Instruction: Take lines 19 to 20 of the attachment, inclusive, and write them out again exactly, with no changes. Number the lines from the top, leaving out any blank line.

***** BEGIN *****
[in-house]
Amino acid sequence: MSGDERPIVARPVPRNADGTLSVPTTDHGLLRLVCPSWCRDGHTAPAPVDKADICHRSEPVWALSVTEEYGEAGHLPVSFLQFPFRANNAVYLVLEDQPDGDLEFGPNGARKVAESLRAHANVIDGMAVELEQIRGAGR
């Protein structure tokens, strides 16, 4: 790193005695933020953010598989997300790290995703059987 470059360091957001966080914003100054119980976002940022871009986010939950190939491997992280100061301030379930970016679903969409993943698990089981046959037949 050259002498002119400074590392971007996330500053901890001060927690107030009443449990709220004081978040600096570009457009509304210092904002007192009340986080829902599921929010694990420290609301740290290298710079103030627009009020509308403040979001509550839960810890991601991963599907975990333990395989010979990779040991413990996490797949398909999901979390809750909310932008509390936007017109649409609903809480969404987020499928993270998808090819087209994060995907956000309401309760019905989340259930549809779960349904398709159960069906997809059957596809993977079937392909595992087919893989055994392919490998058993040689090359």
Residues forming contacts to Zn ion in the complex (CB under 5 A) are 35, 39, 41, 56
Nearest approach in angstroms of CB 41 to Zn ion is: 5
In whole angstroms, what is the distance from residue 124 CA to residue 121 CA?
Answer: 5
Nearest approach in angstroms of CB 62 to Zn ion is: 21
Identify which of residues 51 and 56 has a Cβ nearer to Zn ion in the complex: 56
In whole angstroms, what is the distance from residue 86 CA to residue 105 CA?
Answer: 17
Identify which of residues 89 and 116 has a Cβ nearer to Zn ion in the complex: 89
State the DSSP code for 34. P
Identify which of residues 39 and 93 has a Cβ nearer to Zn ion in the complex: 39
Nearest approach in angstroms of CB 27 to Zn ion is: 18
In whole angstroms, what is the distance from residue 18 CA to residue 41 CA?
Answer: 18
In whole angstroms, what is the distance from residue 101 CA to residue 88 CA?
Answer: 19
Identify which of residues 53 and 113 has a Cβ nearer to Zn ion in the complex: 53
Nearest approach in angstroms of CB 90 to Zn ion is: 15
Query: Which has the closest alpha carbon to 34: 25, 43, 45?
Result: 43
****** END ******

Answer: 19
Identify which of residues 53 and 113 has a Cβ nearer to Zn ion in the complex: 53